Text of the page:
Lt. Gov. Forest shares views in Sanford visit

Aug. 21, 2013 @ 10:57 PM

Lt. Gov Dan Forest spent more than two hours among area residents during a town hall meeting Wednesday night,where people engaged in conversation with him and local representatives Jamie Boles, Deb McManus and Mike Stone.

About 50 people came to the Lee County Arts & Community Center on North Steele Street to hear the lieutenant governor, a Republican, talk politics with fellow Republicans Boles and Stone, as well as McManus, a Democrat. About a dozen people, hailing from at least three different counties, asked questions on a variety of subjects.

Education was a prominent topic, as were energy policies, government spending, fraud in welfare programs and the recent tax reform which lowered personal and corporate income taxes. Lee County Sheriff Tracy Carter started the tax discussion, noting he has been working full-time since he was 17 and appreciated the break, and asking what everyone’s ultimate tax goals were.

“My goal would be that we would move to a 0 percent personal income tax and a 0 percent corporate income tax — in a reasonable time,” Forest said. “We are still in the middle of a recession.”

He said North Carolina’s reputation as a business-friendly state has risen since the reform passed this summer, and that he wants the state to eventually be known as the most business-friendly in the country.

McManus, however, questioned the long-term feasibility of the reform.

“The money for government for those basic services has to come from somewhere,” she said. “... I’m curious where you think it should come from.”

Forest said more people ought to pay federal income tax, and that welfare programs need to stop being an incentive not to work.

“America has a great safety net... but at some point, our safety net turned into a hammock,” he said.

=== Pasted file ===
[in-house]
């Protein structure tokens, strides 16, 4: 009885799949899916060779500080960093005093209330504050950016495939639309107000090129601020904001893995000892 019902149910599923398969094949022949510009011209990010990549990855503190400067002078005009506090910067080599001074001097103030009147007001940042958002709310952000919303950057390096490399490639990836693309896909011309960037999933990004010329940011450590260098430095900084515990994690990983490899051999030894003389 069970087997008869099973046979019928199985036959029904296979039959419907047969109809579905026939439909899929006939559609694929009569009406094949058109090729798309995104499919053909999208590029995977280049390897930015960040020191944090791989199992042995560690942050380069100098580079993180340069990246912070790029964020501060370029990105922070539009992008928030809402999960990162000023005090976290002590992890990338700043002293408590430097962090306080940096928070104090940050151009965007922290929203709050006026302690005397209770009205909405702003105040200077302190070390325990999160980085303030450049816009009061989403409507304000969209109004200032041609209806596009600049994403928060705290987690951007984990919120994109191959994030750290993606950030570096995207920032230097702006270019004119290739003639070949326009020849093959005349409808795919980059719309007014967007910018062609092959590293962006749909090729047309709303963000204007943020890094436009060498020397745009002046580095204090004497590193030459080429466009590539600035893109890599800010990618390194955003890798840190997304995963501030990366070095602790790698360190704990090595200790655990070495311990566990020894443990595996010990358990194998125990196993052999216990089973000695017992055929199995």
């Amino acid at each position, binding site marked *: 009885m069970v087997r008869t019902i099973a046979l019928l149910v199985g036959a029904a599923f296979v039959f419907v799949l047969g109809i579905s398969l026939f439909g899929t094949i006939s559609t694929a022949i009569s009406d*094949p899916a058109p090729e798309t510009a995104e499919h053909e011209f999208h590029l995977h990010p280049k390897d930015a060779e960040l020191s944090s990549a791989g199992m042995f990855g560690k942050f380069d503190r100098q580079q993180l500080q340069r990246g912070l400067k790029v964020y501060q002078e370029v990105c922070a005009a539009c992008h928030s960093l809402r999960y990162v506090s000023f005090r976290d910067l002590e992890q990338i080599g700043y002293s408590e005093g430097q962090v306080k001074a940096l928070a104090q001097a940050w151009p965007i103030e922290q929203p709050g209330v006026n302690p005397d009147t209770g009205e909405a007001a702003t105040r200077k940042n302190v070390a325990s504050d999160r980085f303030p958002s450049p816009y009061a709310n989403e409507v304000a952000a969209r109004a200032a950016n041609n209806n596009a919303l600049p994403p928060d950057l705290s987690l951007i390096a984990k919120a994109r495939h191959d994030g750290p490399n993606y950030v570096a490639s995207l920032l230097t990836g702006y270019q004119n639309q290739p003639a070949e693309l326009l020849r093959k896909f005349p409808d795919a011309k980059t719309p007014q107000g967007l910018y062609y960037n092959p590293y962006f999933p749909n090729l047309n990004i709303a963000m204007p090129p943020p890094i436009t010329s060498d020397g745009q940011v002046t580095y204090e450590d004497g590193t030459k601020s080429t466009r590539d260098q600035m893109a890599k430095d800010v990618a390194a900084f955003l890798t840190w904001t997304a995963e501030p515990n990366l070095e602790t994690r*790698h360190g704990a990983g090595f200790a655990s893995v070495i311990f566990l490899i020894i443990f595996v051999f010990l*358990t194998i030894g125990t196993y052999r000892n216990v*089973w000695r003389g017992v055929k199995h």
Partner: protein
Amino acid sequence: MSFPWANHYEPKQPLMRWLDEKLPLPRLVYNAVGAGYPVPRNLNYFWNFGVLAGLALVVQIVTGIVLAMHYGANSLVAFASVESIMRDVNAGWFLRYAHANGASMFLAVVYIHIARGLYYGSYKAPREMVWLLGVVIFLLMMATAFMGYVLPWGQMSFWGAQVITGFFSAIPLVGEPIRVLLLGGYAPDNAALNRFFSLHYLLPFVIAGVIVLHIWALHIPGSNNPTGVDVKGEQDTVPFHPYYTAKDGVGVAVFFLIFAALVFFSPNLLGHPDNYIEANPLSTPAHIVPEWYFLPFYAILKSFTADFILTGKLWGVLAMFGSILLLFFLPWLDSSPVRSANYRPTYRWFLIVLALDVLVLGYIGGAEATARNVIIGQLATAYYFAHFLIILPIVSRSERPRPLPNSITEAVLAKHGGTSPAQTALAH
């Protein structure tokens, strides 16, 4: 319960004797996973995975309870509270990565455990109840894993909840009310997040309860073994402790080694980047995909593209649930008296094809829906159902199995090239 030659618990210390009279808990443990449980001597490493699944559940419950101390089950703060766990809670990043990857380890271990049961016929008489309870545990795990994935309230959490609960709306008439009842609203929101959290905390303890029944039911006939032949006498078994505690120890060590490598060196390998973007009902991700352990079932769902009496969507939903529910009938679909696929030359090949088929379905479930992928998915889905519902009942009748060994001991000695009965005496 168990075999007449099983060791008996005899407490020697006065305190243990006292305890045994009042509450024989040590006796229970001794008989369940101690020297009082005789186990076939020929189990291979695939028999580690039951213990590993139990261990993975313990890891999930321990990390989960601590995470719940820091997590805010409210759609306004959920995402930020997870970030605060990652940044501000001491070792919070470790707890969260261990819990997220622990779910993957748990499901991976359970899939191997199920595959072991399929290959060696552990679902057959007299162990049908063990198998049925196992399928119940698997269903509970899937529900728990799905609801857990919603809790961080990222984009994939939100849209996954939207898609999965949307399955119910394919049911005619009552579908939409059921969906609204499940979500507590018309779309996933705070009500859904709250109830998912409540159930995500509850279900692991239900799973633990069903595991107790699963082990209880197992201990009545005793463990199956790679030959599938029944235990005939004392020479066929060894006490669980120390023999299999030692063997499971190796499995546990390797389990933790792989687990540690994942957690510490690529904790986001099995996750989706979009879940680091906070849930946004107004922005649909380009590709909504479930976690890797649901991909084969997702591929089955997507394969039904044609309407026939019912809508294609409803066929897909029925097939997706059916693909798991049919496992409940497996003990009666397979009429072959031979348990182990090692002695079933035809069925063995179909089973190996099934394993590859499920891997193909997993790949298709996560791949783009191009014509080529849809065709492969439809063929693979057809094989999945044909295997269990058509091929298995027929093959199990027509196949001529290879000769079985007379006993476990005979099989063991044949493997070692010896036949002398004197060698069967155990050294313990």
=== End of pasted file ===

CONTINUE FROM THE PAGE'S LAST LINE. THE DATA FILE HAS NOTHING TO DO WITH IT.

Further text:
That prompted a question later in the night from Lee County Republican Party Chairman Charles Staley, who brought up a recent report from the libertarian Cato Institute which found that in many states, people who receive every welfare benefit available actually make more than the minimum wage. He asked McManus specifically what should be done about that.

McManus said it was a great question, but one better suited for the federal government. She did, however, say welfare reform is something she wished President Barack Obama had addressed more seriously.

Stone said he agreed with much of what she said, adding that as a business owner who serves people on food stamps, he sees some people who maybe don’t need it but also realizes “there’s a tremendous amount of people in need.” He concluded that churches, not the government, need to be the first place people look for help.

Sanford attorney Ed Page asked the panel what they thought the biggest misconceptions about the previous session were, and what their goals for the next session are.

Forest said that the idea that Republicans cut education funding “is a bunch of baloney” because the state actually spent more on education than ever before. McManus said that while that’s technically true, it doesn’t tell the whole story.

“When we say we’re spending more than we ever have, it’s because we’re serving more students than ever,” McManus said. “Our per-pupil funding is actually down.”

She also noted that teacher pay has remained stagnant and at the lower end of the country, and that North Carolina actually ranks dead last in the U.S. in education spending growth. Forest responded that if Republicans are to blame, then so are Democrats — perhaps even moreso.

“We’re not spending more on teachers,” Forest said. “But the reality is ... when the Democrats were in charge they both raised taxes and didn’t give raises to teachers.”

Following a question from Lee County Commissioner Jim Womack — who, in introducing Forest called him the best political candidate he knows, including his brother who’s a U.S. Congressman in Arkansas — the panel addressed energy development in North Carolina, particularly hydraulic fracturing operations for natural gas. Forest advocated swift action, Stone and Boles advocated resolute yet cautious and slower action, and McManus said it’s going to happen no matter what she thinks, so she will work to make sure it’s as safe as possible.

Lee County resident Dale Marks brought up the state’s large Hispanic population, noting that most of them whom he meets are hard workers, religious and have a focus on strong families. He asked why the Republican Party couldn’t get a larger Hispanic voting bloc.

Forest said the GOP “has traditionally been perceived as the old, rich, white party” and that they needed to do more to get their message into minority communities. But before anything can be done regarding immigration, he said, the Mexican border needs to be secured.

Boles said he believes a compromise would be the best situation, in which people can apply for citizenship or can just apply for a work permit to come here temporarily. McManus agreed, with both of them saying that the agriculture work goes to migrant Hispanic workers because American citizens simply won’t do it.